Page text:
802.11k: The Final Nail in the Coffin for RRM and ARM

Auto-channel selection protocols have been an increasingly common source of controversy for enterprise Wi-Fi administrators.  Aruba's ARM, Cisco's RRM, Ruckus's ChannelFly and Aerohive's ACSP all allow a centralize management entity -- either controller or software -- to automatically set the channels of access points (APs).  These protocols can be big time savers during the surveying and implementation stages, but also can cause big headaches once the Wi-Fi is up and running.  

The argument over whether to use auto-channel selection protocols may be coming to an end, however.  802.11k is becoming more widely supported in Wi-Fi devices, and when smartphones, tablets and other devices support 802.11k, the decision is a no-brainer: auto-channel should be avoided because it makes roaming worse.

To understand the impact that 802.11k (radio resource measurement) has on Wi-Fi devices, one first must understand a fundamental fact about Wi-Fi: devices control connections.  Smar…

Fixing President Obama's Wi-Fi

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Apparently Wi-Fi at the White House sucks!  A journalist asked me what might help it, so I figure I'll share my response:

Hi [Very Wise Journalist Who Reached Out To Me, Ben Miller, For Comment],

In some ways the White House is like any other large, multi-user space and in other ways it is very different.
Uncommon challenges at the White House are likely the result of security requirements and the need to maintain the historical integrity of the building.  The White House almost certainly has areas that are off-limits to AP installers and there may be limits on where cable drops can be made.
There is a distinct line between good and bad solutions when AP locations are restricted.  The goal of both solutions is to increase coverage to hard-to-reach areas.  The bad solution, which is likely happening at the White House, is to increase the transmit power of APs.  Increasing AP transmit power aids downlink data sent from an AP to a Wi-Fi device, but does nothing to improve the AP’s abi…

Crack the 40 (MHz Wide Channel) Open, Homie and Guzzle (the Bandwidth Available Over) It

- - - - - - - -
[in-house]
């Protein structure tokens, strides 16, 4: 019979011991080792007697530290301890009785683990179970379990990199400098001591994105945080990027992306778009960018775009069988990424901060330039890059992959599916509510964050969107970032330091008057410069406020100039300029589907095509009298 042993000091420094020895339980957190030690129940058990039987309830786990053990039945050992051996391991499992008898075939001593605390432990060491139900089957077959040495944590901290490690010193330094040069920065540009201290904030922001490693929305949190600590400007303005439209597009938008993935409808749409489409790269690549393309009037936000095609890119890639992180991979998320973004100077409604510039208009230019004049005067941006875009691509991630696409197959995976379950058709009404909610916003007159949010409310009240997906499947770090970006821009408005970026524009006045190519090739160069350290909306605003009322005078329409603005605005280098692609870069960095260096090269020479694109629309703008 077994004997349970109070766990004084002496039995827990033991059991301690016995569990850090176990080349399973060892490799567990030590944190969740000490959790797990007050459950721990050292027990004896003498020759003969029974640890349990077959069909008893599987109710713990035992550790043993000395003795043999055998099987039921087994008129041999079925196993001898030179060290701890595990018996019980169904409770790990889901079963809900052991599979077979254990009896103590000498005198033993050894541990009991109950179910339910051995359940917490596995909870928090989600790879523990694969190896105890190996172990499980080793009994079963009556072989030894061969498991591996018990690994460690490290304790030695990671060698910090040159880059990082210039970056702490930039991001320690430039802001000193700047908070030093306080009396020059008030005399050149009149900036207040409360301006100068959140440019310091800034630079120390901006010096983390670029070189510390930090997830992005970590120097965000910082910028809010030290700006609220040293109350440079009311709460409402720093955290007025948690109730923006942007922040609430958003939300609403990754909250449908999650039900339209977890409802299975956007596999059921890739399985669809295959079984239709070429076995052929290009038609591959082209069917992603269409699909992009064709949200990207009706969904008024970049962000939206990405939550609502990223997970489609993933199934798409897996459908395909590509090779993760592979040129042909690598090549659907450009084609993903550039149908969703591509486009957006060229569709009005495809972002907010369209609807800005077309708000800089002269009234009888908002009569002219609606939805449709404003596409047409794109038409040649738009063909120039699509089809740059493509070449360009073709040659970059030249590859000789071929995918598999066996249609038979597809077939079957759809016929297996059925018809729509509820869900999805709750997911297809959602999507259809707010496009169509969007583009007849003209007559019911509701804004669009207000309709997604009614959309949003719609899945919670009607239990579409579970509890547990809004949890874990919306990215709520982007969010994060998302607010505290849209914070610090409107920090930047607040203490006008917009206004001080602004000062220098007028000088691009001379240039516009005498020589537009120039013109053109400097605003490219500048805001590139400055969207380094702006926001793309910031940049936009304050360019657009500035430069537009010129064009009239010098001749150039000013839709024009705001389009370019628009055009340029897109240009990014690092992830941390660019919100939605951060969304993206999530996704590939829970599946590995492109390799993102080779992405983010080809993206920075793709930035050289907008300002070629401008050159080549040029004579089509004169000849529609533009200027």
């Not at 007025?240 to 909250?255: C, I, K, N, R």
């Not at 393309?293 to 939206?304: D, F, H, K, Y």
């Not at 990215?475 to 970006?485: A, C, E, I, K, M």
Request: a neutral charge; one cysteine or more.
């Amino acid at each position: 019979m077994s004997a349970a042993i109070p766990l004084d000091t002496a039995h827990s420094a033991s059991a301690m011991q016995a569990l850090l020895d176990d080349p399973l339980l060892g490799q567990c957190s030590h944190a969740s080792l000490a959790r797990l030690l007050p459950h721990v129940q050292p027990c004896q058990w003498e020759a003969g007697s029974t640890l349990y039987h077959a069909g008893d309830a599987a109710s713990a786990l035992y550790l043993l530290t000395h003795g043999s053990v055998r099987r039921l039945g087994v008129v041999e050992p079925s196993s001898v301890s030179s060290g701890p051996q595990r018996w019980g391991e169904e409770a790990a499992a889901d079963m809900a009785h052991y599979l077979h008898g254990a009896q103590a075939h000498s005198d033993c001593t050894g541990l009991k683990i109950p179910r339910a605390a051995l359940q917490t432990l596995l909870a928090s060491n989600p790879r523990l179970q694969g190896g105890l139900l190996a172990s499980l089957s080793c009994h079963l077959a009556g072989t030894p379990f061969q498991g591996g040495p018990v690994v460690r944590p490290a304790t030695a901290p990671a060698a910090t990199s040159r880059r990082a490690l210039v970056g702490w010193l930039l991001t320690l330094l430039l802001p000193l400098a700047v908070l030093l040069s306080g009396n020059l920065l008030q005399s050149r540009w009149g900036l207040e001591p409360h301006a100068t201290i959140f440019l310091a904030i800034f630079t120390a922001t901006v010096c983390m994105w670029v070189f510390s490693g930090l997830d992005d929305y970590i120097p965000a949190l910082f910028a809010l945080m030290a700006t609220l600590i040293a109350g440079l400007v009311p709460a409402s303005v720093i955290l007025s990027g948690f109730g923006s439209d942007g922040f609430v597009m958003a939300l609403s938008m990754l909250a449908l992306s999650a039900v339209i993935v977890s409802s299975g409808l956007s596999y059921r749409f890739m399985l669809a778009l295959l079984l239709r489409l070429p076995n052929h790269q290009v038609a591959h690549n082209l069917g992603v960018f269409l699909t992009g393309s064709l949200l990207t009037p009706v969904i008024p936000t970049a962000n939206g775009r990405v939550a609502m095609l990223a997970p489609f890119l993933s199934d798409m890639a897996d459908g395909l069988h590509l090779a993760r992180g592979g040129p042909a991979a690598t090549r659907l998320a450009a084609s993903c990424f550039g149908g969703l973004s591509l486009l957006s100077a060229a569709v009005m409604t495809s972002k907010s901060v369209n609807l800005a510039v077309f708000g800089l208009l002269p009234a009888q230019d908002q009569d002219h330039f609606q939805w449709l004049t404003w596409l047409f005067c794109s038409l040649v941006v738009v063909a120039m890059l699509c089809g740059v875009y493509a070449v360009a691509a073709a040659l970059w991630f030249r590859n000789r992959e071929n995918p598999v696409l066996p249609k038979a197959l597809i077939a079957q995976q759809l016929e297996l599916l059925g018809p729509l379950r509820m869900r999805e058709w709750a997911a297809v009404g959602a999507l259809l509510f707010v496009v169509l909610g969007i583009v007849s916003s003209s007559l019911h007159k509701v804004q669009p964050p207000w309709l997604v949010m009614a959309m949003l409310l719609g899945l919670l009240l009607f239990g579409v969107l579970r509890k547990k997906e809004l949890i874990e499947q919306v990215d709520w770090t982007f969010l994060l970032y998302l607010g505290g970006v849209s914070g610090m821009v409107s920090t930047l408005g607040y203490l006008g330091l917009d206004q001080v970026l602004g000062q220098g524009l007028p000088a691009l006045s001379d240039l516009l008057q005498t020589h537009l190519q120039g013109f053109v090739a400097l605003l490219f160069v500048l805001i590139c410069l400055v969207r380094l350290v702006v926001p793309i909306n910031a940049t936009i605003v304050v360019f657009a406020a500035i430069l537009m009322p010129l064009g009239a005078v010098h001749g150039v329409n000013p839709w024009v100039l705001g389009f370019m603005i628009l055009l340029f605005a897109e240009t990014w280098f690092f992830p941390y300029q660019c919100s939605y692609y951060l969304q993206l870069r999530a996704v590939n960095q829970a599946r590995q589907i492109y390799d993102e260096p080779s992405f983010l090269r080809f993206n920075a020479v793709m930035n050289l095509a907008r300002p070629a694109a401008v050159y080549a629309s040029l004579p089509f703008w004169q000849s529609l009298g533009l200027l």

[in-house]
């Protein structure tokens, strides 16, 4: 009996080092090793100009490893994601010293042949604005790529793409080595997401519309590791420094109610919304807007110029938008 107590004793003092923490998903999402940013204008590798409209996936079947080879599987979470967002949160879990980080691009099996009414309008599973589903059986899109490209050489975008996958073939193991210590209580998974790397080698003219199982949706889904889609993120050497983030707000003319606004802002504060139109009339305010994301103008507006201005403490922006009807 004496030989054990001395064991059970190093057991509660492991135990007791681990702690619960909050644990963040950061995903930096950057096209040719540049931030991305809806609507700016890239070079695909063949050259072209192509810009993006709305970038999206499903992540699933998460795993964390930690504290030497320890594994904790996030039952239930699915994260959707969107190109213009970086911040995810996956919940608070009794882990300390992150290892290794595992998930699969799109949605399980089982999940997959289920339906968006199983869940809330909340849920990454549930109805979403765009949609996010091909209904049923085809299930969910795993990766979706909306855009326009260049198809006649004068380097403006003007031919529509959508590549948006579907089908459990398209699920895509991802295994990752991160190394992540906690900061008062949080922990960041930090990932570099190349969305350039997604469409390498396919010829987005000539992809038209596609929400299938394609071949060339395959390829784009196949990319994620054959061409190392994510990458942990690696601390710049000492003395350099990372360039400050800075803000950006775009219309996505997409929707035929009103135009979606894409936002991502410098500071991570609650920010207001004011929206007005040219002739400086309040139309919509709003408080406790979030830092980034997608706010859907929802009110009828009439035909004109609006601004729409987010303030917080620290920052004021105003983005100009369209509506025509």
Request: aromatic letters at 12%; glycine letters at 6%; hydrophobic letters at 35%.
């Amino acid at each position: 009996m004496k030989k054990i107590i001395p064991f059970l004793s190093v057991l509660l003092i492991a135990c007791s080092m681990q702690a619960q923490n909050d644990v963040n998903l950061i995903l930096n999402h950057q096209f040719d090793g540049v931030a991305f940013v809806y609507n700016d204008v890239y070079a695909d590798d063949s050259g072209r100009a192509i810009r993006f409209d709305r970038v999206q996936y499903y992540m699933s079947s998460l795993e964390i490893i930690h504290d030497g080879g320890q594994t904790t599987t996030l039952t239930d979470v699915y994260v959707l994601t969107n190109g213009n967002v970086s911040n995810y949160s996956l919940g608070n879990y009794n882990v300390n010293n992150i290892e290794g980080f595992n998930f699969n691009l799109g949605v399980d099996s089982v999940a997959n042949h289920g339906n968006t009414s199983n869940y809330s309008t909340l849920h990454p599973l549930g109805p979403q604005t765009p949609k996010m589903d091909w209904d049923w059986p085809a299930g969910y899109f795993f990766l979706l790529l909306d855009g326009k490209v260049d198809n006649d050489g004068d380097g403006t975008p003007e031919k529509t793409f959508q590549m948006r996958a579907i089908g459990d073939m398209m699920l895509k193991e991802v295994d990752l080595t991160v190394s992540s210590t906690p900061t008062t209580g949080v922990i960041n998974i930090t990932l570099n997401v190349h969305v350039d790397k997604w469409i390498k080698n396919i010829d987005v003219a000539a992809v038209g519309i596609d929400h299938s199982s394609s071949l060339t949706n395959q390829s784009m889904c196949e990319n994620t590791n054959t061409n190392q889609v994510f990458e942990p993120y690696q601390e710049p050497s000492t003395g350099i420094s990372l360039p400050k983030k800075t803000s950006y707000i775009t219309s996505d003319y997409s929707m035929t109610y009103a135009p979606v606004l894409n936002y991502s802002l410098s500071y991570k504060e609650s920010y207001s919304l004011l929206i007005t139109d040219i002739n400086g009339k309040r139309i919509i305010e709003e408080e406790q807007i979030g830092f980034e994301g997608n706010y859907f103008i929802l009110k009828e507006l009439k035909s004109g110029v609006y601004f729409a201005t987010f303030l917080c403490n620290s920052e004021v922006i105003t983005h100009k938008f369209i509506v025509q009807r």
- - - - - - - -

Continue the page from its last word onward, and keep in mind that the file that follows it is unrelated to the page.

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Everybody likes high Wi-Fi speeds.  Because high Wi-Fi speeds mean that the channel is being used more efficiently (often false).  An efficient channel means that there's more available throughput (only in sterile test environments) and more available throughput means that more users can be supported concurrently (completely wrong).

Unfortuantely, high Wi-Fi speeds sometimes (all the time) come at a cost.  To get higher Wi-Fi speeds, wider channels must be used (which makes the Wi-Fi suck).  Using wider channels means that fewer channels will be available (plus it ups minimum RSSI requirements, which just about guarantees a bad design).  It is therefore essential that wireless professionals analyze the environment and carefully choose whether to use 40 MHz or 80 MHz wide channels (or they could stop wasting everyone's time and just stick to 20 MHz channels).

But this blog post isn't about choosing the correct channel bandwidth (although it should be, because tons of Wi-Fi go…

Why You Should Stop Disabling Low Wi-Fi Rates, Illustrated

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The last Sniff Wi-Fi post; on why Wi-Fi professionals should stop disabling low data rates, was met some resistance.  Be it in the comments or on Twitter, several experienced Wi-Fi folks disagreed.

All arguments in favor of disabling low rates (the ones that were presented to me, at least) were refuted in the text of the Leave, Leave, Leave My Rates Alone blog post.  But text is a less accessible messaging method.  "A picture is worth a thousand words", as the old saying goes.

If pictures will get the message across better, then pictures are what I'll use.  What follows is an illustrated look at why disabling low data rates is a bad idea.

It's gauche to begin an illustrated work with text, but to understand the problem with disabling low Wi-Fi data rates one must first accept some facts about Wi-Fi devices (smartphones, laptops, etc.):

1. Wi-Fi devices -- not APs -- control associations and roaming.

2. Wi-Fi devices roam based on low received signal strength (RSSI) -- …